As a consumer or worker in retail have you ever wondered how the products in store and online get to you?
by Daemonite Hannah Green
Let’s take the basic white shirt…the ‘back to school white shirt’ you might call it. It’s instore and online all year round and then en masse from July until September. How does it get there?
We need to talk about the Retail Supply Chain. We’ll keep it simple — there are many variations. Assuming ‘we’ the retailer buy finished products, (and do not manufacture them), then the links in the Supply Chain are: Source, Plan, Buy, Move, Sell/Consume — (SPBMS/C).
As retailers we know all the White Shirt Suppliers and will have a ‘Preferred Supplier List’. This list will be made up as a result of assessing delivery lead times and cost prices. Speed of delivery is critical; suppliers with a longer delivery lead time generally give better cost prices and will deliver in large volumes. Suppliers with shorter delivery lead times will charge more but will be able to deliver quickly — usually in smaller amounts.
Planning will work out how many white shirts are to be purchased, when they are needed and at what cost price. The ‘how many’ will usually be determined by looking at previous years’ sales. This information must be made ‘like for like’. Ensuring that public holidays, Christmas, high selling periods and Black Friday align, and then applying the expected sales growth uplift. This will give a pre-season plan for the White Shirt.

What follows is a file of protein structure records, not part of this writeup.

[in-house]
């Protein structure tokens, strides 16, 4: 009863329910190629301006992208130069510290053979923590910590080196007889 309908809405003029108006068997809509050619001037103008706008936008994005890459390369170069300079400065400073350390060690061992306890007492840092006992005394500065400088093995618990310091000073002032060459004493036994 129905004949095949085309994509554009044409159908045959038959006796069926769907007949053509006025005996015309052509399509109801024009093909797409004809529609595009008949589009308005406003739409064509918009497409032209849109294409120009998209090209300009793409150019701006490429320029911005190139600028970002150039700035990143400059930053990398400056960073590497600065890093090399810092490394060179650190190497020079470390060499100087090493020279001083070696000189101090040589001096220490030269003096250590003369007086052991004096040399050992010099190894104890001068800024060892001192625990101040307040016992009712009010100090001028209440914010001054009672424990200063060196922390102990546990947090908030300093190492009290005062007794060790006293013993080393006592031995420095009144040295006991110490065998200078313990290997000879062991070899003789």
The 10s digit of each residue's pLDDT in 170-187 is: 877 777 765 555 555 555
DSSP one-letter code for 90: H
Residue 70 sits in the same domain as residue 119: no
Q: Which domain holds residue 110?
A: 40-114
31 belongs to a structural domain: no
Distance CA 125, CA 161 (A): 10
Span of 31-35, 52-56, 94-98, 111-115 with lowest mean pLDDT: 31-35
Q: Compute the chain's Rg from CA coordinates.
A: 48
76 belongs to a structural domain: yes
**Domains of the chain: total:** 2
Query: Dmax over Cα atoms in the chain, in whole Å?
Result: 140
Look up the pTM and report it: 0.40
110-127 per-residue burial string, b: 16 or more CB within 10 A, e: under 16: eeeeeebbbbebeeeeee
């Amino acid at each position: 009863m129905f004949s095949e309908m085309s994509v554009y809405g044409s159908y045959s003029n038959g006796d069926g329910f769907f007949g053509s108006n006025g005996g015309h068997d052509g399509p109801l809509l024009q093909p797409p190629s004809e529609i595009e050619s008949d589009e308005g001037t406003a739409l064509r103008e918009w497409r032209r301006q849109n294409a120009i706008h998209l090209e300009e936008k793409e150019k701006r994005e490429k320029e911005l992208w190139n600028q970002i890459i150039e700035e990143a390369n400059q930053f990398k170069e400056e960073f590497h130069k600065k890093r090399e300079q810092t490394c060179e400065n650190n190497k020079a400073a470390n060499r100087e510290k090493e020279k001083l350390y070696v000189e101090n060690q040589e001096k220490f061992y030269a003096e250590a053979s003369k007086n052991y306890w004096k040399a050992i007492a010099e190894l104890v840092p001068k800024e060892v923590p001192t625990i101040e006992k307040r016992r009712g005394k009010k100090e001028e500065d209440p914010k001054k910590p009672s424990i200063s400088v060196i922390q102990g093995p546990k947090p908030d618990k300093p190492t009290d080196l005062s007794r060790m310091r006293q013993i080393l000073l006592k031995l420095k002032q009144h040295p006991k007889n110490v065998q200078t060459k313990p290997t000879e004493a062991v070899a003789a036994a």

Pricing this type of product needs to be competitive with other retailers. This must be balanced against the expected margin the range and item is expected to deliver. Your plan will need to be tuned and honed as market conditions change.
The planned sales will drive a stock need, which will get converted into Purchase Orders. These tell the supplier how many white shirts are wanted and when they need to be delivered.
Before delivering the shirts to the warehouse, the supplier will send a sample of the finished items for quality checking. Alternatively, the retailer’s quality control department might visit the Supplier’s factory and carry out checks there. Once approved the supplier will be allowed to arrange a booking slot at the retailer’s warehouse.
On receipt of the shirts at the warehouse: some might be put away to be issued to stores at a later date, some might be sent straight out to fulfill online customer orders, and some might be sent straight out to stores. Stores may also act as click and collect sites for customer orders.
Customers who have ordered the white shirt from a website may have it delivered directly or might collect it from a specified location. Other customers will purchase when they go into stores.
This is a very high level description of the supply chain that gets a white shirt to the customer. Price architecture, stock planning & forecasting, open to buy and other mechanisms all come into play.
So when the customer purchases that white shirt, remember the journey it has taken…